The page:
Q&A: Why are Simpler Proofs Not Given Credit?

by Justin Skycak on

Cross-posted from here.


If a mathematician proved Fermat’s Last Theorem in fewer pages than Andrew Wiles, shouldn’t they be credited for proving Fermat’s Last Theorem, since their proof is better?


That would, of course, be a very impressive accomplishment.

But solving an unsolved problem at all, especially a long-standing well-known problem like Fermat’s Last Theorem, is generally way harder than coming up with a simpler solution to an already-solved problem.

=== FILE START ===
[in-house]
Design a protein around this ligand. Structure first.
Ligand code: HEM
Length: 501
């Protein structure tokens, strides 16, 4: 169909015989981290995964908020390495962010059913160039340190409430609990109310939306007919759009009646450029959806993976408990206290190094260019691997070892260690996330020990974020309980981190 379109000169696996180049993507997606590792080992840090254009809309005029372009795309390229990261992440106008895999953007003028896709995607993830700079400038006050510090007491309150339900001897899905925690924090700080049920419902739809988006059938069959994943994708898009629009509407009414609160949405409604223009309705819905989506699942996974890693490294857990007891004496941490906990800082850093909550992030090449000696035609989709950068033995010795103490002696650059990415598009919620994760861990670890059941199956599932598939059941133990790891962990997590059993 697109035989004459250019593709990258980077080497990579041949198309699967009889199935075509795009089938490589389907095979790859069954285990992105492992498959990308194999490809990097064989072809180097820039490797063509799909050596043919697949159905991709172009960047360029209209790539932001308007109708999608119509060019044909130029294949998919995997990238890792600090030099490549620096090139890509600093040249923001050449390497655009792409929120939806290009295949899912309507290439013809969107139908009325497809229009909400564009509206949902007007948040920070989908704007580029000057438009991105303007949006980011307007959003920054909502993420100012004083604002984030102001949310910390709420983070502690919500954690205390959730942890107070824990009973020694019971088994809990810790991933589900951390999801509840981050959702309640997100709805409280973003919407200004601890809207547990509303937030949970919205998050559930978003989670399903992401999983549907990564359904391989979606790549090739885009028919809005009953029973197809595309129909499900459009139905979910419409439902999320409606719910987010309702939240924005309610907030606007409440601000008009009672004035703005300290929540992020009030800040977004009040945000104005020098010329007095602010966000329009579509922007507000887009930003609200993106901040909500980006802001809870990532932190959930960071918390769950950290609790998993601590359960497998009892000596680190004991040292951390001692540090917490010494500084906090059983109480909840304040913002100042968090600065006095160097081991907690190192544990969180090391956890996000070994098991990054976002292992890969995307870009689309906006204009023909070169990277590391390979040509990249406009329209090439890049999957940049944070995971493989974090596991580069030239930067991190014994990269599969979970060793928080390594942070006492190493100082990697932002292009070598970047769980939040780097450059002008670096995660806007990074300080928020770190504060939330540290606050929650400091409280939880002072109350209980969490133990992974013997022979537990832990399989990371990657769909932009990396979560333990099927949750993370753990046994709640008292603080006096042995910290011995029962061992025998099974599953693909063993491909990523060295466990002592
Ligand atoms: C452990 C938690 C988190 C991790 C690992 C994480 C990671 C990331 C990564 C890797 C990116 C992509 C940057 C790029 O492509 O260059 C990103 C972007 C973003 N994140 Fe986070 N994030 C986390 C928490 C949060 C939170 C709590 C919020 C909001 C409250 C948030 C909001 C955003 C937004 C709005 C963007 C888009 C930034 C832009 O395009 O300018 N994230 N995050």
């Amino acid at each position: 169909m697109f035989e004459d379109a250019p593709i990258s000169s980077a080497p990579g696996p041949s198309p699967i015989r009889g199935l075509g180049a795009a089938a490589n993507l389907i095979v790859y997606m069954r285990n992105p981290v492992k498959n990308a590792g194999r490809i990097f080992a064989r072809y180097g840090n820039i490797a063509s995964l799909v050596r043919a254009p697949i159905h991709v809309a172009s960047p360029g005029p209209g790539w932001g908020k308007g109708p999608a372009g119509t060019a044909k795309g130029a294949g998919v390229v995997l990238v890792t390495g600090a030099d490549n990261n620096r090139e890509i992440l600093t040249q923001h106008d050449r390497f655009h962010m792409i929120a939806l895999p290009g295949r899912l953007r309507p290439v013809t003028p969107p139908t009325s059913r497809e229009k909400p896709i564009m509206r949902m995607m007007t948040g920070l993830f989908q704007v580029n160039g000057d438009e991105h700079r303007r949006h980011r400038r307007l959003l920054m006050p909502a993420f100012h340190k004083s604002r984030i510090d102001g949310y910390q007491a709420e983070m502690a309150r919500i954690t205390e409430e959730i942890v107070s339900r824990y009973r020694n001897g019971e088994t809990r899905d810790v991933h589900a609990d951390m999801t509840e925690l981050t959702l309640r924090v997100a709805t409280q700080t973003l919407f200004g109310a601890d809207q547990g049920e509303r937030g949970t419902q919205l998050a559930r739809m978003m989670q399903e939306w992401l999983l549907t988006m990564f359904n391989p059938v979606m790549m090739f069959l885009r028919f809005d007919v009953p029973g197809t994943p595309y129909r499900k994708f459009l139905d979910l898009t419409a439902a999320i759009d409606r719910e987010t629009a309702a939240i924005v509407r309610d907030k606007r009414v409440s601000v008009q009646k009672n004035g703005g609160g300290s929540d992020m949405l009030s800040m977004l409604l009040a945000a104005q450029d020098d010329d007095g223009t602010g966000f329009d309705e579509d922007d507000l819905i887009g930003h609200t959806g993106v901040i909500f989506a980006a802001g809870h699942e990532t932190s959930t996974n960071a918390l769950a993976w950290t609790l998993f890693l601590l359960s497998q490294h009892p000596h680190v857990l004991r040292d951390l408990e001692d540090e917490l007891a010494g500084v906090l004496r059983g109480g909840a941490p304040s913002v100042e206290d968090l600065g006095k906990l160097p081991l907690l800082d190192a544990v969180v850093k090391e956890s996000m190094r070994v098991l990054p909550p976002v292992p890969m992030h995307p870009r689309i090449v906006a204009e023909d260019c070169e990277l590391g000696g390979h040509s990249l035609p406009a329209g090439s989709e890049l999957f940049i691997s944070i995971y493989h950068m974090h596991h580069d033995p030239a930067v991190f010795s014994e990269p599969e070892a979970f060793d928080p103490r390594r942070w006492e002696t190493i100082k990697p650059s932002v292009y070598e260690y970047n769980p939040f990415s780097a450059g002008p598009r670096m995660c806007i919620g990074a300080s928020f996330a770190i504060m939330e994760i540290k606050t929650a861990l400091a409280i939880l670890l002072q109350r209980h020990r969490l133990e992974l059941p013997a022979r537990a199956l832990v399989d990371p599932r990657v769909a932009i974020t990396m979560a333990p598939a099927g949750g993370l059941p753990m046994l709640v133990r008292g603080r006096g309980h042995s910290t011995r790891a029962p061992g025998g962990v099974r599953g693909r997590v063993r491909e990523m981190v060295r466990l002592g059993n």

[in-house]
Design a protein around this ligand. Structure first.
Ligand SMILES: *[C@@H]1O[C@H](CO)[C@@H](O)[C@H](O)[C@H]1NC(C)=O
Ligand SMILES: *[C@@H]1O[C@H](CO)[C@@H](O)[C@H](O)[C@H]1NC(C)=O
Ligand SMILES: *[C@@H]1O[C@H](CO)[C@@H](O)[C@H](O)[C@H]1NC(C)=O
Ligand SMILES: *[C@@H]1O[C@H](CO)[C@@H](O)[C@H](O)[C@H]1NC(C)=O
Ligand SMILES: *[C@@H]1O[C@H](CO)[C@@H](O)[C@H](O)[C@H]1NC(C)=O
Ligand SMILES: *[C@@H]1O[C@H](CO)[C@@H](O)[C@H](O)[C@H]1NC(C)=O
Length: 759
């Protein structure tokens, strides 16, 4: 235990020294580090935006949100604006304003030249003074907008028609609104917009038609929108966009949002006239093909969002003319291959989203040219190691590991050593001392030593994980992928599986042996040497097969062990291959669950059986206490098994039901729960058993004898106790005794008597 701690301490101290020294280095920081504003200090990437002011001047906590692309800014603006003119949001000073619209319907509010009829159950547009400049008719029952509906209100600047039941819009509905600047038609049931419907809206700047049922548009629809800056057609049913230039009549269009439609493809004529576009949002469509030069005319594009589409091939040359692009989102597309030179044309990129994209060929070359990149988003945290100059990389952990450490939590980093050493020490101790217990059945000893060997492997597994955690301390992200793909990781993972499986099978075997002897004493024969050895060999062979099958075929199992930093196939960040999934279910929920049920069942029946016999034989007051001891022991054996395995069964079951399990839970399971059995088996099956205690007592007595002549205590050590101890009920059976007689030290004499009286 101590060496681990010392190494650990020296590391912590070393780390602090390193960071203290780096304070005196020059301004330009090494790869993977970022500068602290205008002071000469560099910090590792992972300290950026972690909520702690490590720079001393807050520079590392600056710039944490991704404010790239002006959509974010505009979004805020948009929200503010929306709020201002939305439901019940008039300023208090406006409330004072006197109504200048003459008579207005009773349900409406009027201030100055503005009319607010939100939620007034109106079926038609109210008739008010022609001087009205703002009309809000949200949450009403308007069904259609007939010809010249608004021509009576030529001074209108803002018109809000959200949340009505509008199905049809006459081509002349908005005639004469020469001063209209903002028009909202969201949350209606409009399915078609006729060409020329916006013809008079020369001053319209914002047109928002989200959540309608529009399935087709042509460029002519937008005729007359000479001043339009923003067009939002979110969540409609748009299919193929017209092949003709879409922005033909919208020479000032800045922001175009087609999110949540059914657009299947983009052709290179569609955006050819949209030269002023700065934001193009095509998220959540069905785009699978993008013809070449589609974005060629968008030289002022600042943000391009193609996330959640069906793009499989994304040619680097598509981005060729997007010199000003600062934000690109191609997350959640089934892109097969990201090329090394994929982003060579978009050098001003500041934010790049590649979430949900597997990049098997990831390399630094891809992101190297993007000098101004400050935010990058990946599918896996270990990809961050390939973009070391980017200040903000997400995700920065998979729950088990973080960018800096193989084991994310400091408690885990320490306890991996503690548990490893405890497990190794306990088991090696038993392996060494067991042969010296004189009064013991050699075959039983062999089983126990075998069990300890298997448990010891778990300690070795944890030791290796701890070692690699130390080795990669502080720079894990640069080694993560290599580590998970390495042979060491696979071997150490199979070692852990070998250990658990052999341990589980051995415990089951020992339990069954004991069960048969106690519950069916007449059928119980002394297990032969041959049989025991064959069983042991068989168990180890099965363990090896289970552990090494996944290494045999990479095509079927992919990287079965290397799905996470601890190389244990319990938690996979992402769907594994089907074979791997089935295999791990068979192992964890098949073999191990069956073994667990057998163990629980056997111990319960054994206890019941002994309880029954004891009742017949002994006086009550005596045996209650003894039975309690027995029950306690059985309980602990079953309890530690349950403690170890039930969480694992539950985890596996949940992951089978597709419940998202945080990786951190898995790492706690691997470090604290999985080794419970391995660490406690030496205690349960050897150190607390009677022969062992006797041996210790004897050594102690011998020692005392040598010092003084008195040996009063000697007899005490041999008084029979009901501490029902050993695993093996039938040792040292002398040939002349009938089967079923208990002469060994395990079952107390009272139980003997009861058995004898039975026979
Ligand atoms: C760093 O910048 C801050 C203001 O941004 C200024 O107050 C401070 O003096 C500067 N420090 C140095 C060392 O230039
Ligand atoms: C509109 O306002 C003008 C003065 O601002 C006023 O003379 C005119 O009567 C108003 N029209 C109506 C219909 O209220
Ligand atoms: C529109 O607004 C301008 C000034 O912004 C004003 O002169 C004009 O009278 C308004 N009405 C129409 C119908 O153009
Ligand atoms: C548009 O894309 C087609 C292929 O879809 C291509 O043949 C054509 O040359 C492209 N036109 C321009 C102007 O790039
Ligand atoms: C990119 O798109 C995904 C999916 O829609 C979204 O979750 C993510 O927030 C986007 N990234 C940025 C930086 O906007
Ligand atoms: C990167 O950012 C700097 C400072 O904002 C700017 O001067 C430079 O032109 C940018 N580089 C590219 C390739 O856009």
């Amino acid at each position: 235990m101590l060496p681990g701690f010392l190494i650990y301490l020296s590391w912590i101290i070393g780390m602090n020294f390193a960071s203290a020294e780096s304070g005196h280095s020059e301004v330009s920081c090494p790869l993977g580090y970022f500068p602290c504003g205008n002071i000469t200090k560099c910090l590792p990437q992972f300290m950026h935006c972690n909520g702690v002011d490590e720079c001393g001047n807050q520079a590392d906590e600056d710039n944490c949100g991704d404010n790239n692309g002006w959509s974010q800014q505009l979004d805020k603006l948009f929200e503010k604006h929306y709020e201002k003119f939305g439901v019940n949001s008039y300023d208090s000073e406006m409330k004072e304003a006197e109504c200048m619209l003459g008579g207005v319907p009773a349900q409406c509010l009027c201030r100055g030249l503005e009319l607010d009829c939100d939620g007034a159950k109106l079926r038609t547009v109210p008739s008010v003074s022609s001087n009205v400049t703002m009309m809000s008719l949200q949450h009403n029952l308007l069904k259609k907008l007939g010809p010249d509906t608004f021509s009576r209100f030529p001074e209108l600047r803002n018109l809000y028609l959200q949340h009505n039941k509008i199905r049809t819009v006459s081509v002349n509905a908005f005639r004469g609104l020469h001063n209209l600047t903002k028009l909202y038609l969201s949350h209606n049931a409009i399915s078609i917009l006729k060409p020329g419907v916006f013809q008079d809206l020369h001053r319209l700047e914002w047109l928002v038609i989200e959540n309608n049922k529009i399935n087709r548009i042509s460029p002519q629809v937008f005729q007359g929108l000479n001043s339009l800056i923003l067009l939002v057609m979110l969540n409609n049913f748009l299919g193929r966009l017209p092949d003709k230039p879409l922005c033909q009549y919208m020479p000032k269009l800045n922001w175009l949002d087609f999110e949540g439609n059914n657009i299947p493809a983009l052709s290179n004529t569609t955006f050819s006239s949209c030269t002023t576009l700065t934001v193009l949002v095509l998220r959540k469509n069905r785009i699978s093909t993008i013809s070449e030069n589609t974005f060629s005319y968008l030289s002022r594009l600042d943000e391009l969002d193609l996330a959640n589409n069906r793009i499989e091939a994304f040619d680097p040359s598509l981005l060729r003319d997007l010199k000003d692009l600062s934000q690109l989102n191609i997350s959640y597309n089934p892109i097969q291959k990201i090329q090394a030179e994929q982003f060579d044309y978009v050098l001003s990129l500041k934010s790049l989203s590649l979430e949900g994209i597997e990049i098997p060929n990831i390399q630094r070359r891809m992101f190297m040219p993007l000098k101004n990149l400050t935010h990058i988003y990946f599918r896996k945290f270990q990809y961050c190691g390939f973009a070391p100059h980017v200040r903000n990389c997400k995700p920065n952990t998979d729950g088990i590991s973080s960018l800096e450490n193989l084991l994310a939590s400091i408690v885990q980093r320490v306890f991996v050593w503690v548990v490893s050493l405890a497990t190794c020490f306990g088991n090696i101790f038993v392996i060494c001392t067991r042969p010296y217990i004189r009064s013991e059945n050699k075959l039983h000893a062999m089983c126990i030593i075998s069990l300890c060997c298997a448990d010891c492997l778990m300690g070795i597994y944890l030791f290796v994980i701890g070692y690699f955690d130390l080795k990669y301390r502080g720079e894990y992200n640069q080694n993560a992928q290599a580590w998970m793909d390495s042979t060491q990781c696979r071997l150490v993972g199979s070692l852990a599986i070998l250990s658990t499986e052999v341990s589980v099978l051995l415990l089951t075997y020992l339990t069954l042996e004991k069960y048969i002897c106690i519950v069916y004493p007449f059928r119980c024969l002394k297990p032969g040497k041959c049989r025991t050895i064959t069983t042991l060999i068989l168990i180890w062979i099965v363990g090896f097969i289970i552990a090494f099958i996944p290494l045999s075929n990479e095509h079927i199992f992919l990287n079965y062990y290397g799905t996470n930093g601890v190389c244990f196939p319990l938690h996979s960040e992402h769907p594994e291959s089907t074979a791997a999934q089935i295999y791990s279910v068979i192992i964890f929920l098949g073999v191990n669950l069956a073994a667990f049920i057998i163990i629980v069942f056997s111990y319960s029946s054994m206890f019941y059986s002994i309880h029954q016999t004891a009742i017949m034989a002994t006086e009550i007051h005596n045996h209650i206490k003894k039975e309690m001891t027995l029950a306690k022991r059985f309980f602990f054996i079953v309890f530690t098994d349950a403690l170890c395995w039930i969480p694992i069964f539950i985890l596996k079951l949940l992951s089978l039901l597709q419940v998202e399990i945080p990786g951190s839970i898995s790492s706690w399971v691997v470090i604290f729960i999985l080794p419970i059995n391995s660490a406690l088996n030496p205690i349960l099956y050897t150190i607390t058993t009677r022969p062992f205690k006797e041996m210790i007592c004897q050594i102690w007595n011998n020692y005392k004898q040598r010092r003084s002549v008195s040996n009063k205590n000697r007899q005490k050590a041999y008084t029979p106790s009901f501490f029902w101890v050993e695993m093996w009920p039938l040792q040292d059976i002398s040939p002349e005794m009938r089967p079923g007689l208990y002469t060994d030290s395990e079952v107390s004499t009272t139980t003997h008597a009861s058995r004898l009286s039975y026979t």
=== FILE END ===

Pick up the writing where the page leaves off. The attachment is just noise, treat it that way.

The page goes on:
Which proof would be “better”? The simpler one.

Who should get the credit for solving FLT? Andrew Wiles.

Does that mean there’s no point in striving for a simpler proof? No – when you come up with a simpler proof, you’re generally doing so by developing a better understanding of the “core” of the problem. And that better understanding can helpful for solving other unsolved problems, which is beneficial regardless of whether you’re thinking altruistically (what’s in it for the field of mathematics as a whole) or selfishly (what’s in it for you in particular).